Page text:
Tag Archives: Daniel Losada

Democracy is possible. Even after 37 years of dictatorship in Zimbabwe.

Today, 21.11. 2017 Zimbabwe’s President Robert Mugabe has submitted his resignation after nearly four decades as the country’s leader.

Mugabe defied demands to step down for almost a week after a military takeover and expulsion from his own ruling ZANU-PF party but stepped down on Tuesday, hours after parliament started an impreachent process. jawsbroke out in the parliament after speaker Jacob Mudenda read out Mugabe’s resignation letter.mugabe bored

“I Robert Gabriel Mugabe in terms of section 96 of the constitution of Zimbabwe hereby formally tender my resignation … with immediate effect,” said Mudenda, reading the letter.

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Would Security Council enlargement make the Council more effective?

Governments in all countries or most of them affirm their undying devotion to the United Nations and all its purposes and principles; they continually express their determination to uphold its objectives and to strengthen its effectiveness. Today, the underlying presumption has been that the UN is ‘ineffective’ because it has contributed little to the solutions of major problems in recent years.  On one hand it has been argued that Security Council enlargement would make the Council more effective; in the other it has been argued that it would not since most countries today agree that Security Council needs to become more transparent, accountable and equitably representative.  This essay will discuss: Would Security Council enlargement make the Council more effective?

From the beginning of the 1960’s, with the big increase in the membership of the United Nations, there had been proposals for an increase in the size of the Council. This was designed partly to reflect more accurately the composition of the Organization’s membership, particularly to provide more seats for Africans and Asians.  Moreover, the proposal was resisted for some time by the Soviet Union, probably because of her objections to any amendments to the Charter.[1] By the 1980’s the Council was providing valuable assistance for the resolution of conflict and tension in the Gulf, Afghanistan, Angola and Namibia, just to mention a few. Historically, when the UN was formed there was a general desire to learn from the mistakes of the League of Nations ‘which mainly; it felt for four main reasons. First, it has no armed force. Second, it had lacked authority. Third, it has been paralysed during crises by the rule of unanimity. Fourth, the absence of several major powers had made it unrepresentative and impotent’.[2]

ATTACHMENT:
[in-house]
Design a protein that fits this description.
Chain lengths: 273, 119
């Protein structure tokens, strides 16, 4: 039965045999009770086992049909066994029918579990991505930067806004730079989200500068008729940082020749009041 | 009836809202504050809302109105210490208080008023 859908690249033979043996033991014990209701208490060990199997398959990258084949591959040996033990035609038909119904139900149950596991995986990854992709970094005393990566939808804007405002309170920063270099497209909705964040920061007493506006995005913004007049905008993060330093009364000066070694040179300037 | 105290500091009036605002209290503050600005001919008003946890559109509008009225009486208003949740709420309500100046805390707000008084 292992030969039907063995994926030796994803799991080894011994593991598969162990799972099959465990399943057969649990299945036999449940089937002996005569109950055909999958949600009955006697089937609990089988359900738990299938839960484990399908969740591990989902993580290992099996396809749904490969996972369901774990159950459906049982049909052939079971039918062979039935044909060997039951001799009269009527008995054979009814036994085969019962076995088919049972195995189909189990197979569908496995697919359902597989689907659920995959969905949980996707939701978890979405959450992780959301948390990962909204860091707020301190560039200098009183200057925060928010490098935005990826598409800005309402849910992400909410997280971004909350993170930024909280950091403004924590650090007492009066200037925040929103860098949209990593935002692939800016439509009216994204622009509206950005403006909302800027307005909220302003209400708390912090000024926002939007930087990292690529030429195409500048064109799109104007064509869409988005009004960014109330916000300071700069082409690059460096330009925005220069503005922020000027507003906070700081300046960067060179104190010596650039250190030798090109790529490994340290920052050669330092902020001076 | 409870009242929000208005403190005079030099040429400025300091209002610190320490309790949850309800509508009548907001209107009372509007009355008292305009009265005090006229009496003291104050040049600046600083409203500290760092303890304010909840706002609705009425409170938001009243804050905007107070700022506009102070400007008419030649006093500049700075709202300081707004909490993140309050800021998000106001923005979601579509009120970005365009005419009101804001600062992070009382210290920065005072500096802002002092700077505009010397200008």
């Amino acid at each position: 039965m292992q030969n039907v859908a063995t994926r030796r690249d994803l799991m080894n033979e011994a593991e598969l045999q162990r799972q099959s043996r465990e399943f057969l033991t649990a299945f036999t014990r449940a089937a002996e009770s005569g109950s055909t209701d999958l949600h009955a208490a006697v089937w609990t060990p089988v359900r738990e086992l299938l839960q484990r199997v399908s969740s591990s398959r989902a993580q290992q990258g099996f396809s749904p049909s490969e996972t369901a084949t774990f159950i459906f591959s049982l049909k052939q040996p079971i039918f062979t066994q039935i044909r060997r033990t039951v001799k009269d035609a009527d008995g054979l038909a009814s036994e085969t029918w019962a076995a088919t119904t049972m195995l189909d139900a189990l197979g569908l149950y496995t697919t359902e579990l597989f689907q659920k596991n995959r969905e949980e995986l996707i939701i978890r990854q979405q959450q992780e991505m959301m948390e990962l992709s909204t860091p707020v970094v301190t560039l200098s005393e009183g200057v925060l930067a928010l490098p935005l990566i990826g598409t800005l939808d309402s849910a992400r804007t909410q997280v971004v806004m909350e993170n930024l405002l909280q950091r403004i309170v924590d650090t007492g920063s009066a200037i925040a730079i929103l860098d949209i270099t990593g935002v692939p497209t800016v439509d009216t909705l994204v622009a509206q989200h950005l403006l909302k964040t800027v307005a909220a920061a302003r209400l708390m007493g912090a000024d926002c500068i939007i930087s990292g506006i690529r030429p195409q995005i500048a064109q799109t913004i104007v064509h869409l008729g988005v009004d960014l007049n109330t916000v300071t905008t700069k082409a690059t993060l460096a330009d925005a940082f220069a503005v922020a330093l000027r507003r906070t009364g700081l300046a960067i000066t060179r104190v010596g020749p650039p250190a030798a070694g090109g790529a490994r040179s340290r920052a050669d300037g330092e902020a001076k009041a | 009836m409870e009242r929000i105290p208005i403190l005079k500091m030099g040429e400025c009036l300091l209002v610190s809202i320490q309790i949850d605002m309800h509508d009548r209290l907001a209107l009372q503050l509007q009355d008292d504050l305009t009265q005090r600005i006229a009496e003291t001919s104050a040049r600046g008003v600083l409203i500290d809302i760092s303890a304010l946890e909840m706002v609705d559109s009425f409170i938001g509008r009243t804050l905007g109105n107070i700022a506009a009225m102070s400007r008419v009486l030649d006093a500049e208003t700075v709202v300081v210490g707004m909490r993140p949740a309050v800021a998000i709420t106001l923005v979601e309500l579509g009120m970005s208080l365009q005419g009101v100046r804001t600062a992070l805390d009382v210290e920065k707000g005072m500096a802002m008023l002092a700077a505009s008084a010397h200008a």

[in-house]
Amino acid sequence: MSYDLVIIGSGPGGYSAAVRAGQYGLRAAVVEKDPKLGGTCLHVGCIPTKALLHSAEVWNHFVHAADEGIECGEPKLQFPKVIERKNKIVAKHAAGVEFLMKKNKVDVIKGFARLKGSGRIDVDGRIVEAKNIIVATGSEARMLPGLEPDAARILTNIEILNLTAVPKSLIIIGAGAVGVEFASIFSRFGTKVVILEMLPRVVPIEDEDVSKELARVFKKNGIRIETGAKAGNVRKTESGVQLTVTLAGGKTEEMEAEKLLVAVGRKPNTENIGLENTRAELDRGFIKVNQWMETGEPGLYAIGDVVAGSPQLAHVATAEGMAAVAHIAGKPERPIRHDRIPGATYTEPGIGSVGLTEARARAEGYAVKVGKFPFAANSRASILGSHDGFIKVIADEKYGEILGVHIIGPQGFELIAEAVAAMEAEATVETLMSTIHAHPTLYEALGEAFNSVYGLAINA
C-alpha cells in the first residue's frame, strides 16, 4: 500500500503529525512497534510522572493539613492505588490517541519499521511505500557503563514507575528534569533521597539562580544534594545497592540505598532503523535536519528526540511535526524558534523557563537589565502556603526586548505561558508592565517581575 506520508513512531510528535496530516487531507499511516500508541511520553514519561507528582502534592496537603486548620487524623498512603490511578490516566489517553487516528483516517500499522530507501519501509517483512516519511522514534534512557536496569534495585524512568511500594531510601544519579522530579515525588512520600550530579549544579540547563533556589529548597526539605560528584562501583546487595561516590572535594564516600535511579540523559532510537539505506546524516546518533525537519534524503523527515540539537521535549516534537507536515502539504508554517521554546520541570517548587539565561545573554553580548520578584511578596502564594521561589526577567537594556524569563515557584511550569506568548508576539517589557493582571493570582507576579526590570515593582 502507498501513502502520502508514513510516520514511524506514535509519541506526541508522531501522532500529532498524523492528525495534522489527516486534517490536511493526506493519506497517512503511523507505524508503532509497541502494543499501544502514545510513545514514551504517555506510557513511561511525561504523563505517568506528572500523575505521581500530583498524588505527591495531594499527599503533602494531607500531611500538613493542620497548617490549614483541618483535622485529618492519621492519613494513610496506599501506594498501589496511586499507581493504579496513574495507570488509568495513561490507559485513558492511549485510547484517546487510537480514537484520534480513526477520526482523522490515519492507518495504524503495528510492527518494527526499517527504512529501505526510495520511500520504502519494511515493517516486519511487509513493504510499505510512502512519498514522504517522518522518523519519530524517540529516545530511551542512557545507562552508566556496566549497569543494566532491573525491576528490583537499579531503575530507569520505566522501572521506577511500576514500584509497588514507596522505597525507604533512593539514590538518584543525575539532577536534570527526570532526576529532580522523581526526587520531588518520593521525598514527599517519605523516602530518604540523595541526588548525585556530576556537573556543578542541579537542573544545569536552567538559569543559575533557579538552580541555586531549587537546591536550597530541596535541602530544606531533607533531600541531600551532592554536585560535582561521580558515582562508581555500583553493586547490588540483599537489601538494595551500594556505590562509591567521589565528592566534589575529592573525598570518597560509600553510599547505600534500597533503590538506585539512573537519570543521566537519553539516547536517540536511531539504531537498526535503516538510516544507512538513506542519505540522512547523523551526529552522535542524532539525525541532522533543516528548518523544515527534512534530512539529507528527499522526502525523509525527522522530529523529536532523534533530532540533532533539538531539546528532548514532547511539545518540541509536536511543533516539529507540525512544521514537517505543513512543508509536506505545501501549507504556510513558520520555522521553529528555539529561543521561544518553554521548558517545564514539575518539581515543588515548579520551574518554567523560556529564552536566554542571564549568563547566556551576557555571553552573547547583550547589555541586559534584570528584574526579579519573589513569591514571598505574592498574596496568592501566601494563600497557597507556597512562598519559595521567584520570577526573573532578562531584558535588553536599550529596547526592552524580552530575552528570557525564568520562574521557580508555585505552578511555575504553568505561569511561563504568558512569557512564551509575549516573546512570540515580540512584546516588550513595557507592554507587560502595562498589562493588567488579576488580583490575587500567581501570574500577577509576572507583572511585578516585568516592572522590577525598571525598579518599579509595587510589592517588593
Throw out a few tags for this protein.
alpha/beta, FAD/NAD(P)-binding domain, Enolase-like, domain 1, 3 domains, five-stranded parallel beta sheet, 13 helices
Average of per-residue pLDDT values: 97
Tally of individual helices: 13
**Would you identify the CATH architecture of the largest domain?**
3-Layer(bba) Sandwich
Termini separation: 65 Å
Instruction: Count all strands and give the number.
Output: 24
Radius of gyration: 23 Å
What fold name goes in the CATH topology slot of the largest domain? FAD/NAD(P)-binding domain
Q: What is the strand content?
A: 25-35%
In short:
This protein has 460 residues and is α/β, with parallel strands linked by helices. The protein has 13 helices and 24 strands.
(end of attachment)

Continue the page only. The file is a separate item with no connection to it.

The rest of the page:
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Can armed humanitarian intervention ever be justified?

Since its beginnings armed humanitarian intervention has represented a dilemma to war, peace and international ethics because it involves the moral issue of when to intervene and if these interventions are justifiable.  Moreover there are the different theories in favour and against of armed intervention. This essay will discuss:  Can armed humanitarian intervention ever be justified?

In order to make this essay clearer is to believe that a couple of definitions should be made beforehand; humanitarian intervention and armed intervention. Firstly, ‘humanitarian intervention is traditionally defined as the use of force by states to protect human rights. This definition presumes that states should do the intervening in order to maintain civil rights and of course the welfare and peace in society’.[1]Nowadays, it is sometimes argued that this traditional definition is obsolete because humanitarian intervention is increasingly a matter of collective action under UN auspices, not action undertaken by states acting on their own authority and under their own law. Secondly, we speak of armed intervention when that exercise involves the use of military force. An armed intervention is humanitarian when its aim is to protect innocent people who are not nationals of the intervening state from violence perpetrated or permitted by the government of the target state.[2] Additionally, armed intervention to stop a massacre is likely to be only the first of many measures needed to restore order to a chaotic society and prevent subsequent massacres. If prevention is important, then is to believe that the challenge for humanitarian policy is to move from responding to humanitarian crises to forestalling them.

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